Correlation between retinal ganglion cell loss and nerve crush force-impulse established with instrumented tweezers in mice

Xiaorong Liu*, Liang Feng, Ishan Shinde, James D. Cole, John B. Troy, Laxman Saggere

*Corresponding author for this work

Research output: Contribution to journalArticlepeer-review


Objectives: Rodent models of optic nerve crush (ONC) have often been used to study degeneration and regeneration of retinal ganglion cells (RGCs) and their axons as well as the underlying molecular mechanisms. However, ONC results from different laboratories exhibit a range of RGC injury with varying degree of axonal damage. We developed instrumented tweezers to measure optic nerve (ON) crush forces in real time and studied the correlation between RGC axon loss and force-impulse, the product of force and duration, applied through the instrumented tweezers in mice. Methods: A pair of standard self-closing #N7 tweezers were instrumented with miniature foil strain gauges at optimal locations on both tweezers’ arms. The instrumented tweezers were capable of recording the tip closure forces in the form of voltages, which were calibrated through load cells to corresponding tip closure forces over the operating range. Using the instrumented tweezers, the ONs of multiple mice were crushed with varied forces and durations and the axons in the immunostained sections of the crushed ONs were counted. Results: We found that the surviving axon density correlated with crush force, with longer duration and stronger crush forces producing consistently more axon damage. Discussion: The instrumented tweezers enable a simple technique for measurement of ONC forces in real-time for the first time. Using the instrumented tweezers, experimenters can quantify crush forces during ONC to produce consistent and predictable post-crush cell death. This should permit future studies a way to produce nerve damage more consistently than is available now.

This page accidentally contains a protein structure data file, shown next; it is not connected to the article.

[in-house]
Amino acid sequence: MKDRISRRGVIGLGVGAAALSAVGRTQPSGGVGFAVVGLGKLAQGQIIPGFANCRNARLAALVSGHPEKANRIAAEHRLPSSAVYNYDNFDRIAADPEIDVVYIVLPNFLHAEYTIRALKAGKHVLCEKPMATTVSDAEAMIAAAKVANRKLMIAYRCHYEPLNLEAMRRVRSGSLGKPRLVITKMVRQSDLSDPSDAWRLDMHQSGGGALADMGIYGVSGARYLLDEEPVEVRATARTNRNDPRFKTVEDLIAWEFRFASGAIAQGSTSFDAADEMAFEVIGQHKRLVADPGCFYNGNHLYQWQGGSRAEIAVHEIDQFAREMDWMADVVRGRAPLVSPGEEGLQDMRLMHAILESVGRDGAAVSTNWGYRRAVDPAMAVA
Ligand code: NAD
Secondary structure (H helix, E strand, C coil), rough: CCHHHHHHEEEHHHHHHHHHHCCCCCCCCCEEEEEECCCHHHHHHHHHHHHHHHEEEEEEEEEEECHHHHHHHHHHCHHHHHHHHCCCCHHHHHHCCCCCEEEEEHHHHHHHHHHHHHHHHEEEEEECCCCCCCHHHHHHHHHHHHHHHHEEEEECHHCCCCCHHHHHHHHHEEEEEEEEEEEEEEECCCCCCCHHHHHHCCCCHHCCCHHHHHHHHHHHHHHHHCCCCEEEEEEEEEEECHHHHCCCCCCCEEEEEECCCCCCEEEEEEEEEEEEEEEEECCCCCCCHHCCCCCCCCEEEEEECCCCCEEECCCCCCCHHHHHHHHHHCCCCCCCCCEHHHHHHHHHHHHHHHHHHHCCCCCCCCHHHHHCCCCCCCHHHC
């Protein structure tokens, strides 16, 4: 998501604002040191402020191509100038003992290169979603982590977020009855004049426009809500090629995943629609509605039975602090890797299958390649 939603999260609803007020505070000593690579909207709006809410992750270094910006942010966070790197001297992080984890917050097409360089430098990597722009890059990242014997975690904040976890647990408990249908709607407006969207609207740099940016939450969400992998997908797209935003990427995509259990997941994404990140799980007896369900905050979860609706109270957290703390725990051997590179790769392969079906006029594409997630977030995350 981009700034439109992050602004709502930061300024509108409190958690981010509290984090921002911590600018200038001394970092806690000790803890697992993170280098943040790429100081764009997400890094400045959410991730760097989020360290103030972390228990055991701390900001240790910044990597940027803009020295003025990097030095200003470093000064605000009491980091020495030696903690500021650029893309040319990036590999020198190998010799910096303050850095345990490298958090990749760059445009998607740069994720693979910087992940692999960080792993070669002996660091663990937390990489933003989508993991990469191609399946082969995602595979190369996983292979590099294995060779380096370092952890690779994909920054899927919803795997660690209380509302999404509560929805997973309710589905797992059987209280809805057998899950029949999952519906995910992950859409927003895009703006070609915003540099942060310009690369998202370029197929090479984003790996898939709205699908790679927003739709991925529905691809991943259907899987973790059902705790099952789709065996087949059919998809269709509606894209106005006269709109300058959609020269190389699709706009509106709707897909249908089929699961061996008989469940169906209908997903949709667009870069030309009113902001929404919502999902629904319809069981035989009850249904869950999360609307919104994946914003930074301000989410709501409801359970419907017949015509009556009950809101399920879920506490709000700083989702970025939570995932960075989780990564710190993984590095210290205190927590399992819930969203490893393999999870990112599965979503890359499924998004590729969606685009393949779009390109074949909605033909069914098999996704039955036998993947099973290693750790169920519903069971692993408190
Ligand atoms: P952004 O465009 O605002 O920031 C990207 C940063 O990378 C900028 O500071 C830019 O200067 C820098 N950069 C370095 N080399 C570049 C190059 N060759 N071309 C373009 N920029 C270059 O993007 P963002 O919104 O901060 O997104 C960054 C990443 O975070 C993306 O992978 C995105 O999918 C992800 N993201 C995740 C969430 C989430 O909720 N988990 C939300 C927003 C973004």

Original languageEnglish (US)
Pages (from-to)379-386
Number of pages8
JournalNeurological research
Issue number5
StatePublished - May 3 2020


  • Optic nerve
  • glaucoma
  • nerve regeneration

ASJC Scopus subject areas

  • Neurology
  • Clinical Neurology

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